The state government has committed to completing the Murray Basin Rail Project.
Premier Daniel Andrews, alongside Minister for Public Transport Jacinta Allan and Minister for Agriculture Jaala Pulford, announced the standardisation and upgrade of the entire freight network at Maryborough on Monday.
The $416 million project is expected to boost the safety, capacity and reliability of freight services in Northern Victoria and better connect primary producers to Victoria’s major ports.
Under the Labor government’s plan, lines from Geelong to Mildura, Manangatang, Sea Lake and Murrayville will be standardised, and the existing unused standard gauge connection between Maryborough and Ararat will be reopened.
Upgrades to dual gauge rail between Gheringhap and Maryborough include sections of the Ballarat line, in what Rail Revival Alliance president Noel Laidlaw said is a positive sign for advocates of passenger services between Ballarat and Geelong.
“In the short term, the Ballarat to Geelong passenger service hasn’t been precluded by any of it,” Mr Laidlaw said.
“It’s actually been enhanced by this because they’re doing up the lines.”
However, Ms Allan said passenger services are not considered priority to the project.
“At this stage passenger rail is not a priority, this is a priority project – that is certainly what the region has communicated very clearly to this government,” she said.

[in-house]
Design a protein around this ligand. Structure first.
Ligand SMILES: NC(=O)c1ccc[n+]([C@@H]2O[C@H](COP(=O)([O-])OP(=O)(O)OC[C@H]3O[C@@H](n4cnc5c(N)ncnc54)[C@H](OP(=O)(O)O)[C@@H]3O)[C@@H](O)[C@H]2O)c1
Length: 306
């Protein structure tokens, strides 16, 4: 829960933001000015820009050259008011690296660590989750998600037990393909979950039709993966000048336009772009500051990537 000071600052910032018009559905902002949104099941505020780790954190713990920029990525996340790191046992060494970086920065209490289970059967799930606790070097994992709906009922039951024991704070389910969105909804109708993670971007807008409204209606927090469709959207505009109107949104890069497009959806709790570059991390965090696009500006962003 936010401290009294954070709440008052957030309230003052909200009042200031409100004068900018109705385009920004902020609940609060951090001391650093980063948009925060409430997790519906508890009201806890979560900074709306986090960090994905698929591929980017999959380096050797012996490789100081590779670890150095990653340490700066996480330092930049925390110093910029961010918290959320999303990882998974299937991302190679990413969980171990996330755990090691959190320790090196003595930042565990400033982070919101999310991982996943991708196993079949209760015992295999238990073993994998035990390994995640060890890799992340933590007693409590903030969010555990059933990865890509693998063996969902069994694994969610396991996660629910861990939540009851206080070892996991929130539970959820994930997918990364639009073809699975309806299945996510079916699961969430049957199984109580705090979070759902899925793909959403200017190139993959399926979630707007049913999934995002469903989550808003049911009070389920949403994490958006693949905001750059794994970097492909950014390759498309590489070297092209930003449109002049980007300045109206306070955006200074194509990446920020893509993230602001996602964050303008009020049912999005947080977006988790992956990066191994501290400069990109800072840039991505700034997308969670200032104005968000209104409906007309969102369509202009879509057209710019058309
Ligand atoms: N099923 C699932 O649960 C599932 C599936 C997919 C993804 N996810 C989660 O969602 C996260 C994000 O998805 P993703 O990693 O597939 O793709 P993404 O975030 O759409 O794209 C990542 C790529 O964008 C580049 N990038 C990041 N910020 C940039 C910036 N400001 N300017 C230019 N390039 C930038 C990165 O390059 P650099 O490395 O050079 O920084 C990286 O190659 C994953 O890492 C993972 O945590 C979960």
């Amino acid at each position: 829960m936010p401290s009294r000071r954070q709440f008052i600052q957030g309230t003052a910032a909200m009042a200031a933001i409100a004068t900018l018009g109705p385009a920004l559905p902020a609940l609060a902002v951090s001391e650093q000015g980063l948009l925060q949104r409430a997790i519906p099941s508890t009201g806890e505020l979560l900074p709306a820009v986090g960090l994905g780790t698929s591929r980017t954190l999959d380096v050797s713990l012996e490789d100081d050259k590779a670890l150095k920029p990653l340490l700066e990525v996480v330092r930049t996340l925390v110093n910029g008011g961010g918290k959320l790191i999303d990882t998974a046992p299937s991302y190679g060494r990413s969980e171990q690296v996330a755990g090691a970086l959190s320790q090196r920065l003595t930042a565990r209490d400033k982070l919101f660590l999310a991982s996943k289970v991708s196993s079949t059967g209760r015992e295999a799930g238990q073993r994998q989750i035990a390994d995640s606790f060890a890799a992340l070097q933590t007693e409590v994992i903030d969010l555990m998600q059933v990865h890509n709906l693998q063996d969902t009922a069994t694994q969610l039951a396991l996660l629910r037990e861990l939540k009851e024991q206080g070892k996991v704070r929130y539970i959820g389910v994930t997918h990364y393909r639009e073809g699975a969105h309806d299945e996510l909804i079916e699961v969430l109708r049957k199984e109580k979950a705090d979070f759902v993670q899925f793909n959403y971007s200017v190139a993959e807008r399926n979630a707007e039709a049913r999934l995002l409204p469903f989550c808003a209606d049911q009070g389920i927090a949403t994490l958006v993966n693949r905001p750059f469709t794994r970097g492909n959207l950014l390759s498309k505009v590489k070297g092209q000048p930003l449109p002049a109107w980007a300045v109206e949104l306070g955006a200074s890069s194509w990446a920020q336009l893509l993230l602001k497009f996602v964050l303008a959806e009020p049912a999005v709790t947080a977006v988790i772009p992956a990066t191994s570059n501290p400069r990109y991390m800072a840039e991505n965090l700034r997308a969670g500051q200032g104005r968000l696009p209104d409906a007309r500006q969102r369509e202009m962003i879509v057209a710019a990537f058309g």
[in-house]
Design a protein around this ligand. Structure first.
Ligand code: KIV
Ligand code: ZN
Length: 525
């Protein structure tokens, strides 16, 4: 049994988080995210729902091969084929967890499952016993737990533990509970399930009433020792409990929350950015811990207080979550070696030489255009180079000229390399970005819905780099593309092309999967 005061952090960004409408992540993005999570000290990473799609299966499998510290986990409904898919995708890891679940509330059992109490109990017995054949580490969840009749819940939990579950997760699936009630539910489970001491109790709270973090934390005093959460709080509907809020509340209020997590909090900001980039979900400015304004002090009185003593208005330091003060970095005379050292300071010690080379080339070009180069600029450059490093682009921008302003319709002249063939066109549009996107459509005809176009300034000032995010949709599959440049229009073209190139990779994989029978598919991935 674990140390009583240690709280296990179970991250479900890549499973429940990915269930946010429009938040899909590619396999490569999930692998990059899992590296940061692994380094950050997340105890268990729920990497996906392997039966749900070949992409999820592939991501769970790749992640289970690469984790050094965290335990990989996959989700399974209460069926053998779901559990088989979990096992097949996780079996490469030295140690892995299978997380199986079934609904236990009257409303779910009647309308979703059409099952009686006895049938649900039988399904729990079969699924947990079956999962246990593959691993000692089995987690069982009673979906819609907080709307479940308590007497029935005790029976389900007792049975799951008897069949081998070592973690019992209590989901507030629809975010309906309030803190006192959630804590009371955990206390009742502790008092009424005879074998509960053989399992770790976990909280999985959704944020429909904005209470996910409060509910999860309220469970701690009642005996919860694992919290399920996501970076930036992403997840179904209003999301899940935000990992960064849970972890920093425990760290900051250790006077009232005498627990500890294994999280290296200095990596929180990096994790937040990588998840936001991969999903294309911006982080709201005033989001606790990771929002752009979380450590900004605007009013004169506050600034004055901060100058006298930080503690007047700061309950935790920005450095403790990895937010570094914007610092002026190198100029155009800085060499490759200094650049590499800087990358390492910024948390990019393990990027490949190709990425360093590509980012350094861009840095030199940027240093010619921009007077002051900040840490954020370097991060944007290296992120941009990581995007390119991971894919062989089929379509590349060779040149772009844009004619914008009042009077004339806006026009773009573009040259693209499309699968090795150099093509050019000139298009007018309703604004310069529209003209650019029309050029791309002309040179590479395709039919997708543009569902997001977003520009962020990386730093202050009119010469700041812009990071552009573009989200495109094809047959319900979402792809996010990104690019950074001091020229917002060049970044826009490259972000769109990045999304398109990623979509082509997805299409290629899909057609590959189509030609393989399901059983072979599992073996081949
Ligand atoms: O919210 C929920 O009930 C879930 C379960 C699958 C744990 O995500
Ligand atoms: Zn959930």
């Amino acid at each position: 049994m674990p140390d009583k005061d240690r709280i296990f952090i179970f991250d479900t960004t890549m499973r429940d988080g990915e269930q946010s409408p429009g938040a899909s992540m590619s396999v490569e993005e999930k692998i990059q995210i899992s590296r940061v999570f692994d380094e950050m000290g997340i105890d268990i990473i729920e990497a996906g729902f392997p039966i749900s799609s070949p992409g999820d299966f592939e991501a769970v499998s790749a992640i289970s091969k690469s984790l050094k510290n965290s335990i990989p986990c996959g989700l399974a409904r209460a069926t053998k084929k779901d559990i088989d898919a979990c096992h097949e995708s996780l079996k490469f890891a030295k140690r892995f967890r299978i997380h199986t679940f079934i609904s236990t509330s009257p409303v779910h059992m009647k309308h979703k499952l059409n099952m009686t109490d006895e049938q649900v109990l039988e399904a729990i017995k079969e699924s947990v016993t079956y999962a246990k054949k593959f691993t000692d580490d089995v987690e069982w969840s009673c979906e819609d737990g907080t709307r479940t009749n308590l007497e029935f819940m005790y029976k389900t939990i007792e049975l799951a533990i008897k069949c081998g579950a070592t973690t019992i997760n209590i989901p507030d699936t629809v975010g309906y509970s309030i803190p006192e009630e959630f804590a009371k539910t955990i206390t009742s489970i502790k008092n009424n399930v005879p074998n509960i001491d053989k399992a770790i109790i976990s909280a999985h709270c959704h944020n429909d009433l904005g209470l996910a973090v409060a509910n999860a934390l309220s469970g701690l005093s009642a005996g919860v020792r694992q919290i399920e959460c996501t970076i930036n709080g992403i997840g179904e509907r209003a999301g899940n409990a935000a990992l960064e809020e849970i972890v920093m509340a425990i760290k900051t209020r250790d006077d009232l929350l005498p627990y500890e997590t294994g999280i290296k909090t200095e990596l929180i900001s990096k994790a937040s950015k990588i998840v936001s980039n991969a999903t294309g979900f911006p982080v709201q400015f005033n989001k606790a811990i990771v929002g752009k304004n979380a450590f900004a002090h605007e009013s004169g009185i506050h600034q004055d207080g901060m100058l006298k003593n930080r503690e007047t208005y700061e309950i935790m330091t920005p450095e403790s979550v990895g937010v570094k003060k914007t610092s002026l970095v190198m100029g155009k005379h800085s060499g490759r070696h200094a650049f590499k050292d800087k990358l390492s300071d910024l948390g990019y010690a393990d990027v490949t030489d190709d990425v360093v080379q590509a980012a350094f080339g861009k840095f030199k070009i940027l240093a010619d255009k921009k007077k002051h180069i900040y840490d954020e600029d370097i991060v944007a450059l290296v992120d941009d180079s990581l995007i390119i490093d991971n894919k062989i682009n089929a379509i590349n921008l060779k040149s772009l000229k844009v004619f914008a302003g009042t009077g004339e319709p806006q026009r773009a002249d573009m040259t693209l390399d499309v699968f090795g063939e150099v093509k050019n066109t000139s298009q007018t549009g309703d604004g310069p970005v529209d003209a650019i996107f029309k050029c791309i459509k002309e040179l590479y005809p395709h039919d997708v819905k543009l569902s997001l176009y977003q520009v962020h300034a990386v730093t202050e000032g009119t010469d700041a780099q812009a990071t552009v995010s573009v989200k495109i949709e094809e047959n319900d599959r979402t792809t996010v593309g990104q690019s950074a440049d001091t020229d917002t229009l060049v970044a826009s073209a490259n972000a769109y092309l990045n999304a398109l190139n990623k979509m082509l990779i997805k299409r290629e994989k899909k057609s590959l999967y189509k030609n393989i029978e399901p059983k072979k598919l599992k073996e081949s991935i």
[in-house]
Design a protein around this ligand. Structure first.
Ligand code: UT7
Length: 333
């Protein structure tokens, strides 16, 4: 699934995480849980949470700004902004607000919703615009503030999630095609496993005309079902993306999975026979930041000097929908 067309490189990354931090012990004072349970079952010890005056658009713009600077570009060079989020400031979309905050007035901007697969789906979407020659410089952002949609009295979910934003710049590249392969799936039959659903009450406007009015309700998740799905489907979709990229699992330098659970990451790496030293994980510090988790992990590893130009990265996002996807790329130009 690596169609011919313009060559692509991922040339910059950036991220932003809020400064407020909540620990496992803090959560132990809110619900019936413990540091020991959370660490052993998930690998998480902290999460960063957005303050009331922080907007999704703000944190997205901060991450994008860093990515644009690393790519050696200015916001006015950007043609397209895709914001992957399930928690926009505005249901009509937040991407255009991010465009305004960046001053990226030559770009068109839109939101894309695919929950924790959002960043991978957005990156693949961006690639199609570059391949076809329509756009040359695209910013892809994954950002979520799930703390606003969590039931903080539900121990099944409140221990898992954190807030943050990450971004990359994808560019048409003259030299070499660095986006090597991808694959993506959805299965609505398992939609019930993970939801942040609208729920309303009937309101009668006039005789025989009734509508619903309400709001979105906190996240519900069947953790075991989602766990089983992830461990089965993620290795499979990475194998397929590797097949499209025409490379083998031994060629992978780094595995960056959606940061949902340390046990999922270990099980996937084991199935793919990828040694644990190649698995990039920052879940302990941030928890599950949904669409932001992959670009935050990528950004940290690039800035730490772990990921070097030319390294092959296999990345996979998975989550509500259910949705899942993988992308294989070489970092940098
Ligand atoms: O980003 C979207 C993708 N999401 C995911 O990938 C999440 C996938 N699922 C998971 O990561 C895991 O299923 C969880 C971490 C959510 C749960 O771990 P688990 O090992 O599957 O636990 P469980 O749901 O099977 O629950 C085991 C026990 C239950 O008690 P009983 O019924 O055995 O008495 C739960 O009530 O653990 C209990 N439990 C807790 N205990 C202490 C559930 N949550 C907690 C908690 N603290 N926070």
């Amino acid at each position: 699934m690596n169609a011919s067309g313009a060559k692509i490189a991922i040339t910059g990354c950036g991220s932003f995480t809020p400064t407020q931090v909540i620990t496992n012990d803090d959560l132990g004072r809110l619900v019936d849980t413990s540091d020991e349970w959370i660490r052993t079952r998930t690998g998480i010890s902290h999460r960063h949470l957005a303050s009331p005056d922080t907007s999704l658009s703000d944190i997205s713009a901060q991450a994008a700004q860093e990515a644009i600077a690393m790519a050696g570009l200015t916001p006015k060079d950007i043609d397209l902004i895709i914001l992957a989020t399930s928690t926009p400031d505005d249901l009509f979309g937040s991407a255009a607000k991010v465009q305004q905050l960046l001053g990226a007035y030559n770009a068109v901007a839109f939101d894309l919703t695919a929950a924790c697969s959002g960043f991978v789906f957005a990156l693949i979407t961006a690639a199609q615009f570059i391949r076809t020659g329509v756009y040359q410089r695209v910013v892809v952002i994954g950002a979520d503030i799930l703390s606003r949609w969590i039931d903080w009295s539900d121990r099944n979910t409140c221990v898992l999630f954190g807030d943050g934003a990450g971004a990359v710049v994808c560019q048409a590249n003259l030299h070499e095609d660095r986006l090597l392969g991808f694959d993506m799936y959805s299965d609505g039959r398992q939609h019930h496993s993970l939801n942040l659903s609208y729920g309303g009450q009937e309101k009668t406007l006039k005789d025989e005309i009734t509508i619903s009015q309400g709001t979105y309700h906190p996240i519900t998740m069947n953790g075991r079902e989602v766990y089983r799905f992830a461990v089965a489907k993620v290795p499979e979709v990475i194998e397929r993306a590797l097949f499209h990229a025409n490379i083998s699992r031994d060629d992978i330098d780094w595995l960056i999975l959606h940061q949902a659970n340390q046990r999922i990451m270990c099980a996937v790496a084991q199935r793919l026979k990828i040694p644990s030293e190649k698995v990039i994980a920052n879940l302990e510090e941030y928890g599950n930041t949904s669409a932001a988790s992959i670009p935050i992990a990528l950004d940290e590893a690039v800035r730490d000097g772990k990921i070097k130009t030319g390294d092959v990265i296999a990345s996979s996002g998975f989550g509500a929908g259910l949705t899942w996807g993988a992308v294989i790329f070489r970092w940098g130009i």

The project will contribute significantly to the transportation of grain, with axle loading on Murray Basin freight lines to be increased to 21 tonnes.
The increased efficiency in the network is projected to remove around 20,000 truck trips to the ports each year.
Major works are expected to commence in the second half of 2016, to allow for the completion of the grain season, while 270 jobs will be created during construction.
Labor has provided up to $220 million in the 2015-16 Victorian Budget for the project, with $5 million fast-tracked in February to get work started on critical maintenance and safety works.
“(The) project is critical in terms of jobs, in terms of productivity, in terms of efficiency, but ultimately it's about making sure we look after the people who are central to the growth and prosperity of our state, and that's people who are often doing it tough in rural and regional areas,” Mr Andrews said.